People have always been fascinated by peaks. We climb them – whether it’s the summit of Everest, K2 or Cho Oyu, or just the local neighborhood hill as children. We seek to understand them – whether it’s knowing the peak age for learning a language is seven years of age; that life satisfaction peaks at 23; or that we are best at learning new faces at 31 years of age. As athletes, we strive to improve them by meters and seconds. In most aspects of our lives, the peak is our aim, and understanding and beating it the intention. Traditionally, the electricity peak has escaped our drive to conquer it, but a new report from EY suggests that may be changing.
The gentle but unrelenting march of renewables into the global energy stack has focused the minds of utility and new energy professionals everywhere on the notion of the peak, and has made it an unlikely battlefield. True, we have always had a peak time each day when electricity is demanded in greater capacities than at other times – generally the early morning or late afternoon, and we have always built for it. Commercially, generation has been spliced into baseload and peak, based on cost, heat rate and ability to ramp quickly to follow what was conventionally a relatively predictable peak. Electricity networks were built for anytime maximum demand – ensuring that outages based on spikes in demand were manageable and occurred over time, allowing a risk-weighted approach to capital investment.
But now renewables are forming a larger part of the generation mix in many developing countries. This brings new security and frequency risks, as well as new players and new playgrounds of arbitrage. With short and medium term frequency on the agenda for most system operators, and volatility causing higher than expected wholesale prices in countries, such as Australia, the era of frequency response has begun.
EY’s Power transactions and trends (PTT) report for Q2 2017 reveals the results of these border skirmishes within the supply chain of the sector. With fewer opportunities for conventional generation investment in developed markets, the transactional environment features a larger number of smaller deals, dominated by renewables which accounted for 48 per cent of total deal volume, but just $US6.1 billion of deal value globally. Regionally, the results echo these global outcomes. In the Asia-Pacific region, more than half the transactions were in renewable energy, highlighting the growing interest in these assets due to strong policy support and their ability to deliver certainty of returns through long-term contracts or power purchase agreements. Capital raisings, small-scale acquisitions and partnerships also continue to gain pace in the new energy and battery/solar space.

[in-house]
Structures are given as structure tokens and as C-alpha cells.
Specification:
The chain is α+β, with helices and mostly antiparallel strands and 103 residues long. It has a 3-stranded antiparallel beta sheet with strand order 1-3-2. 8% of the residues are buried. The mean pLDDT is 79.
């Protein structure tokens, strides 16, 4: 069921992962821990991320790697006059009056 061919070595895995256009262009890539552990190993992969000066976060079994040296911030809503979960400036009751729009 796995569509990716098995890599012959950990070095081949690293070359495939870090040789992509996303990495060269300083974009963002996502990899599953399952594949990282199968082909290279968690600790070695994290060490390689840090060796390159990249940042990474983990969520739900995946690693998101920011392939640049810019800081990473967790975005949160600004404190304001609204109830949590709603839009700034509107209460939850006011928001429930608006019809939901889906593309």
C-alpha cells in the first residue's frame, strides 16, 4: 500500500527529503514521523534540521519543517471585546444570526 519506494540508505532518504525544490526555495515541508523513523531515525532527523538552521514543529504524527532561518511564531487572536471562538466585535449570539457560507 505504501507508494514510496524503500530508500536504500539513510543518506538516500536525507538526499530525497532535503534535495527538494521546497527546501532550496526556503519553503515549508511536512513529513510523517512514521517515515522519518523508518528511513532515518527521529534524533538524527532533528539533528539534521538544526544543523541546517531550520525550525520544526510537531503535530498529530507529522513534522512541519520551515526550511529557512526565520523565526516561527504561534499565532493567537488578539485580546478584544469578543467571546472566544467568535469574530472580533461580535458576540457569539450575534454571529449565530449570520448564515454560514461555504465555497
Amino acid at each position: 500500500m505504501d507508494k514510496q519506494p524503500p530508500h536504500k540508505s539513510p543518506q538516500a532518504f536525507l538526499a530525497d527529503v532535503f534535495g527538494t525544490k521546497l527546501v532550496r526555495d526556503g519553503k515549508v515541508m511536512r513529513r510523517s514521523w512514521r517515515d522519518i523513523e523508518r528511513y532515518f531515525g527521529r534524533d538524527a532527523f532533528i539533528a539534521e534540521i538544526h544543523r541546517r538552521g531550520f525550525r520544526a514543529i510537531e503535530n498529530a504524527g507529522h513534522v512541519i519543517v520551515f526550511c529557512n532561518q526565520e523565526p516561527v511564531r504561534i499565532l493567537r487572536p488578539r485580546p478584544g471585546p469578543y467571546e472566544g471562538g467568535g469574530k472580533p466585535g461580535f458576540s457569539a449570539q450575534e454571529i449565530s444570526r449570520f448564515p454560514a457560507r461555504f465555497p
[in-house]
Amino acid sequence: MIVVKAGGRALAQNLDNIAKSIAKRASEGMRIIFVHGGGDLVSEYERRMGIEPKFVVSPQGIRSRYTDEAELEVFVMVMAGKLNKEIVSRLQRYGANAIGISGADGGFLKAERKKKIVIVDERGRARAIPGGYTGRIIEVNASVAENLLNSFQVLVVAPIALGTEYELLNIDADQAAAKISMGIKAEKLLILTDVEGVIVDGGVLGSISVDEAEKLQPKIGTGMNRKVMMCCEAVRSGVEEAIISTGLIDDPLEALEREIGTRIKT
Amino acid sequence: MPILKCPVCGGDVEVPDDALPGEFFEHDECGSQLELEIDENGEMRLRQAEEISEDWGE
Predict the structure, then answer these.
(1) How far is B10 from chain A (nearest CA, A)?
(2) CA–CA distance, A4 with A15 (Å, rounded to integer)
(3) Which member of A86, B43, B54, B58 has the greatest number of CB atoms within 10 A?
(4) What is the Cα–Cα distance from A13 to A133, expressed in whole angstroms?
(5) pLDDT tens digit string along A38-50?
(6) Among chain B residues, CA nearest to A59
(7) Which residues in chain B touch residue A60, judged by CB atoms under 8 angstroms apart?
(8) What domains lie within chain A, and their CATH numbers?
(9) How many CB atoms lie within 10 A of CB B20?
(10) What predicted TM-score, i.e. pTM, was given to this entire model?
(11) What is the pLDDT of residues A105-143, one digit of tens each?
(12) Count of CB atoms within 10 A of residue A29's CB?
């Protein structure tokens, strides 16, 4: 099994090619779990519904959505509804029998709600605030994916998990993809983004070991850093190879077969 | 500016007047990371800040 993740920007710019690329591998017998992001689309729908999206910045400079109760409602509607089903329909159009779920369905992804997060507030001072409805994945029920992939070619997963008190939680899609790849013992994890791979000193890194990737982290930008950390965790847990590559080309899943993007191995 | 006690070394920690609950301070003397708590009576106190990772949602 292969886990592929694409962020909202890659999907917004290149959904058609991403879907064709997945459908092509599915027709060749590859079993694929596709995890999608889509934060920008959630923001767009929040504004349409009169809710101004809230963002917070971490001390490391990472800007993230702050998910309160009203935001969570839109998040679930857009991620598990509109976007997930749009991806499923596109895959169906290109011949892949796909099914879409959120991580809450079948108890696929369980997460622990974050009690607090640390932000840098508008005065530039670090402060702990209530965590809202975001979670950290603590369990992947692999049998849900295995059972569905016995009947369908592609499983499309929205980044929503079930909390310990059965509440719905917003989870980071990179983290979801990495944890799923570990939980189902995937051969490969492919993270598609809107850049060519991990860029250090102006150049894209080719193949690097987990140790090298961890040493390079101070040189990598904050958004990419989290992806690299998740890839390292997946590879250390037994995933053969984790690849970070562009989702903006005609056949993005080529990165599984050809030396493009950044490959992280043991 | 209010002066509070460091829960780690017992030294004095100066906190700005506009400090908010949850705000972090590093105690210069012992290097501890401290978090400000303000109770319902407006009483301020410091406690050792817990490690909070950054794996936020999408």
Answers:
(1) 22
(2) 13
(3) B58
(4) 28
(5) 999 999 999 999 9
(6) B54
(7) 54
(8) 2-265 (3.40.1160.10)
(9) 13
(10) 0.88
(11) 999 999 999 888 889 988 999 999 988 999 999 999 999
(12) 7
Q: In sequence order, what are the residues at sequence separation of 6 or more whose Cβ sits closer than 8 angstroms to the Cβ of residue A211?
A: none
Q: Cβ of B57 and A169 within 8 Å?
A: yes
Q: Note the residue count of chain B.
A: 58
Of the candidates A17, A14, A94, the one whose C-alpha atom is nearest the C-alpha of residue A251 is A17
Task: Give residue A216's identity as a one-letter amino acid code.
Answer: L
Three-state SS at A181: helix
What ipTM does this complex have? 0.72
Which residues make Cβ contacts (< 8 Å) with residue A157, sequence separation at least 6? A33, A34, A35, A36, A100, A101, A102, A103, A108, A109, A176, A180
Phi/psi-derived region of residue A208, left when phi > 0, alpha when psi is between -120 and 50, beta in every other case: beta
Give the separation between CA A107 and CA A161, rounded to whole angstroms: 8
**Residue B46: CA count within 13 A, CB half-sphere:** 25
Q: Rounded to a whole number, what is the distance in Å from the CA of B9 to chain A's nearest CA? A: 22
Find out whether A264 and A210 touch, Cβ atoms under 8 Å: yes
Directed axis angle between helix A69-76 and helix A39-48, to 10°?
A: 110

Investors are reacting to these changed market conditions, with financial investors now focused more on technologies that are designed to arbitrage technical shortfalls, such as intermittent frequency and peaking demand. The US market, in particular, is dominated by a large amount of capital competing for low-risk deals. This pressure to deploy capital into an oversupplied conventional market, or where deal availability is dependent upon government policy decisions, inevitably drives smart thinking and engagement earlier in the deal cycle.
Networks are holding value, for now. PTT reveals that, in Q2, transmission and distribution assets traded at a two year-forward EV/EBITDA ratio of 10.1x, compared to a long-term ten-year average of 9.6x, a premium of 6 per cent. The two-year forward price-to-earnings ratio increased 6 per cent from Q1, trading at 16.5x, a premium of 14 per cent to the long-term average of 14.5x.
As battery companies seek counterparties for their technologies, and refine the application of their technology towards either avoidance of network peaks in sub-stations, or avoidance of very short duration system peaks, new counterparties will emerge among market operators and governments seeking to focus on the security limb of the trilemma. From that point, only the technological trajectory of electric vehicles, which could introduce a new network peak, will slow the march towards a lower network capex future, and the nature of peaking generation will change forever.
Among all of the world’s peaks, that of the energy network has so far avoided mainstream attention, despite its significant impact on cost of living and customer hardship. But it’s time to change that. Only when we begin to understand the peak and examine it – and when markets are created to contractually avoid it – then will we realise the much-anticipated transformation of the energy sector.